Apple updated its iPhone a bit ago making the form factor much bigger. The iPhone 6 screen size is both wider and taller and the iPhone 6 Plus also has a higher pixel density. This is an update to my previous post about designing websites for the iPhone 5. It’ll cover these new screen sizes and try to clarify how this all works.
Update: Apple has released the iPhone 6s and iPhone 6s Plus. The iPhone 6s screen size is identical to the previous iPhone 6 versions, so feel free to follow the existing sizes below.
Update 2: Apple just announced the iPhone 7 & 7 Plus. These iPhone 7 models follow the same screen sizes as the 6s & 6s Plus, you can use the sizes listed below.
With the release of iOS 7, app designers and developers will need to adjust their visual language to match the new “flat” design of iOS. In addition to the grid system, the dimensions of icons and commonly used elements, typography and iconography has been updated by Apple in many ways. That‘s why the old iOS Design Cheat Sheet that I published last year with the release of the iPad mini needs an update now. I decided to shift away from pure value-based tables about sizes of design elements towards a simple guide that should help to get you started with iOS 7 app design. As always I will update this guide over time, and if you think there is something important missing here, just let me know.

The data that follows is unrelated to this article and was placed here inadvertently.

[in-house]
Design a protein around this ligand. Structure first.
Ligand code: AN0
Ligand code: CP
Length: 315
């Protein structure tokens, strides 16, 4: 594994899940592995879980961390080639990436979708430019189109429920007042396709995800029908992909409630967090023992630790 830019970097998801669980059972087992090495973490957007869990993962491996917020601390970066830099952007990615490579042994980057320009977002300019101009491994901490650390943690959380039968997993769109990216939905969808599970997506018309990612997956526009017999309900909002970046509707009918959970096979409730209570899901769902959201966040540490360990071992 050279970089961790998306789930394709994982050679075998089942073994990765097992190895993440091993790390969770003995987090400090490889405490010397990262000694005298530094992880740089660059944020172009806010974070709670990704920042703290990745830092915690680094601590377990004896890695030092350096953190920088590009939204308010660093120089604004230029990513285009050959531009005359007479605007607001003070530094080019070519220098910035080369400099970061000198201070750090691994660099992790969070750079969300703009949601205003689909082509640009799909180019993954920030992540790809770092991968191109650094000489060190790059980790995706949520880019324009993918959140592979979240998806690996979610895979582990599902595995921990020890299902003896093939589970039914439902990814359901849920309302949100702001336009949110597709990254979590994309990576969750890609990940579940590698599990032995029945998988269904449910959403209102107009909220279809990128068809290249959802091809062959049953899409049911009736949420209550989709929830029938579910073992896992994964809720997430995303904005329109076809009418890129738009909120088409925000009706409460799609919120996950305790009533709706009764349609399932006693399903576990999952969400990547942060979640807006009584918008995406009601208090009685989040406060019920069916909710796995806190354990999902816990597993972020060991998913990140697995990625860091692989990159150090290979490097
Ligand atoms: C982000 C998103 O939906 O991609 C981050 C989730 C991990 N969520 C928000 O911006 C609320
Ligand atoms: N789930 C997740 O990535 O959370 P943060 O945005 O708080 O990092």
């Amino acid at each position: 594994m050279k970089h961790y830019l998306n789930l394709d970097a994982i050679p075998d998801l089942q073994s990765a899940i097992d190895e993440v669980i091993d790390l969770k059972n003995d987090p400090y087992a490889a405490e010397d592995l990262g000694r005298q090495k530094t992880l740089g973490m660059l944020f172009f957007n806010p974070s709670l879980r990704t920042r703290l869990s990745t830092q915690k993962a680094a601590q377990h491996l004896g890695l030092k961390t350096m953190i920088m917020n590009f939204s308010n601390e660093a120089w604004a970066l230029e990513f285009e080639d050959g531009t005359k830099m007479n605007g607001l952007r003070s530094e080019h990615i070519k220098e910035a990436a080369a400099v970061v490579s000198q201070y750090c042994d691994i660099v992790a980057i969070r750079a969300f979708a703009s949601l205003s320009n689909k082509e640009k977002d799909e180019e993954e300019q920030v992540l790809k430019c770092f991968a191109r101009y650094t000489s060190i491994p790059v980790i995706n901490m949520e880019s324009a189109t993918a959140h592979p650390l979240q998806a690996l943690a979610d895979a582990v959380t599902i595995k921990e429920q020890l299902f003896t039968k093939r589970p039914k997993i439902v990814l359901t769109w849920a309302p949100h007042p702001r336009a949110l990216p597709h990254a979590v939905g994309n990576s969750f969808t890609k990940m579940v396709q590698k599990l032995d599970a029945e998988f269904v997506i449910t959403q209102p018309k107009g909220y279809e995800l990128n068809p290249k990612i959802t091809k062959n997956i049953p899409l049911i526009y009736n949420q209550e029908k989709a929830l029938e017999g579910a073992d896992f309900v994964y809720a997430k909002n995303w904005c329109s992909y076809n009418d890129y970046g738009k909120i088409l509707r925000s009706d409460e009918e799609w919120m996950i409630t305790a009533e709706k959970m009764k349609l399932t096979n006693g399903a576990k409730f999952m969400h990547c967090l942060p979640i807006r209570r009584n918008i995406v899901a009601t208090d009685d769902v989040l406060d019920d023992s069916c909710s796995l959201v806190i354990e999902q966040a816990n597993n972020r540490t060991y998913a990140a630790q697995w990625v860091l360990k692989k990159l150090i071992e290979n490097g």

In iOS, color can indicate interactivity, impart vitality, and provide visual continuity. Look to the system’s color scheme for guidance when picking app tint colors that look great individually and in combination, on both light and dark backgrounds.
While Apple calls iOS 10 their biggest release ever, most of the new features are consumer-facing, like Widgets, Siri/Messages integration, and expanded notifications.
For designers, the only noticeable design changes are bolder titles and bigger use of cards, as seen in native apps like Music and News. Whereas iOS 7 started with a widespread use of thin fonts, iOS 10 is going back to using bolder texts.